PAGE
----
McGeorge of Scotland: Knitting Back The Scottish Yarn Clan
With a history that many brands can only dream of, McGeorge of Scotland's knitwear has been worn on the waters of Monaco by Grace Kelly and on Crane Beach, Massachusetts by Steve McQueen. They now find themselves back in the textile hub of the Scottish Borders manufacturing very high-quality knitwear.
The Scottish Borders has long been the thriving manufactory domicile for the production of the finest luxury cashmere and Merino wool knitwear. Occupied by some of the most famous Scottish knitwear brands such as Pringle of Scotland and Lyle & Scott, the textile mills have been the hum of the local economy and the crux of the community for generations. The first knitting machine was brought up to Hawick in 1771 by John Hardie. In more modern times, the knitwear industry on the Scottish Borders has been beset by closures, including the cease in production of the aforementioned brands. Swallowed up by multinational corporations, the beleaguered industry – clings onto the last of the independent Scottish knitting factories. One such heritage brand is McGeorge of Scotland, who in the last few years has acquired a mill in an old building in Walkerburn. Founded in 1881, the firm was established by the eccentric James McGeorge. Originally operating from his diminutive family knitting workshop in Dumfries – his nonconformist traits and well-defined knitwear identity soon called for a move to larger premises as they expanded. An innovator with a revolutionary spirit, the company soon moved to a farm, employing women for the first time. It was due to the stubbornness of J.C. McGeorge, that made the manufactory so successful. A primary factor was that the gentlemen in the business made the unimaginable possible by allowing women to use “Wooden Looms”, which resulted in the families having two sources of income. By this stage the company was producing high-quality cashmere, Shetland and cotton sweaters.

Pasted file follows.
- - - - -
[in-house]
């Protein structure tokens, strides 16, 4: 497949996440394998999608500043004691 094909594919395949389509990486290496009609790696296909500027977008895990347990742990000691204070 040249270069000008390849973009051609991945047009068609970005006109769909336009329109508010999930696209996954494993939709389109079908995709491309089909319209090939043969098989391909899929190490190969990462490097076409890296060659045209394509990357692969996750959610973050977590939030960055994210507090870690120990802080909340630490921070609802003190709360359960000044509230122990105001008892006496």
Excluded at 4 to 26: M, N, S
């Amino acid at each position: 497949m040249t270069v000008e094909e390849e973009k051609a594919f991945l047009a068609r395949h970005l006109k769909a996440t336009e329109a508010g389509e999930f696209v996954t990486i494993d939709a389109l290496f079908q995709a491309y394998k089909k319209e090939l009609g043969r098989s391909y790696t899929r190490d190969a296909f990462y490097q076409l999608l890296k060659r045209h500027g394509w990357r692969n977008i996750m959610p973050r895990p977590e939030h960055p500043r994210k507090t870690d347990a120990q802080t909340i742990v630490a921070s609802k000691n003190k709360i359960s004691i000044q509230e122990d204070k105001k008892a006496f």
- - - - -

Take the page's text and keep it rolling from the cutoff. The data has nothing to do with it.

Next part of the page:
Rekindling the traditional methods and rituals of old Scotland, the wooden looms act as the acumen behind the durability secrecies of McGeorge knitwear. The method gives each yarn an especially voluminous grip. This means the pieces have a slightly firmer grip in the beginning, but become increasingly softer by wearing and subsequent washing. From Hollywood to Walkerburn in exactly 100 years, the 1920s catapulted McGeorge and Scottish knitwear into the global market and more specifically onto the bodies of some of the most well-dressed actors and actresses to appear on the silver screen. The brand’s heyday continued for some time. Glancing out to the Mediterranean Sea, skippering her own boat, wearing her cat eye frame sunglasses, with panoramic views of Monaco behind, Grace Kelly wore the iconic Fisherman Cable Knit Sweater, made by McGeorge. An oversized version of the famed sweater then appeared not long after in the 1960 film, Breathless (“À bout de soufflé).” Written and directed by Jean-Luc Goddard it was arguably the biggest movie hit to ignite French New Wave cinema. The film’s lady protagonist, Jean Seberg hides her innocent and coquettish way of being in the sweater from McGeorge, whilst wondering what to do with her lover and libertine chancer, Jean-Paul Belmondo.
Stars of this ilk are not clothed in items, that do not comprise the craft and aesthetical standards necessary. Especially not Steve McQueen “The King of Cool” who wore a cable knit sweater in The Thomas Crown Affair (1968). Pictured with co-star Faye Dunaway the sweater features the traditional rope weave running throughout the body. Paired with his famed Persol sunglasses, whilst smoking a cigar and sporting the sweater no one can tell you knitwear isn’t cool. The Rake is delighted to welcome McGeorge into its e-commerce fold with a selection of high-quality cashmere and Shetland wool jumpers. Predominantly in the crew neck style, there is one grey V-neck jumper in a beautifully soft Loro Piana cashmere. As the bitter winds start circulate more regularly, there’s no jumper more versatile than a grey V-neck, which can be worn as a layer underneath a jacket or coat, or on its own when pottering around the house.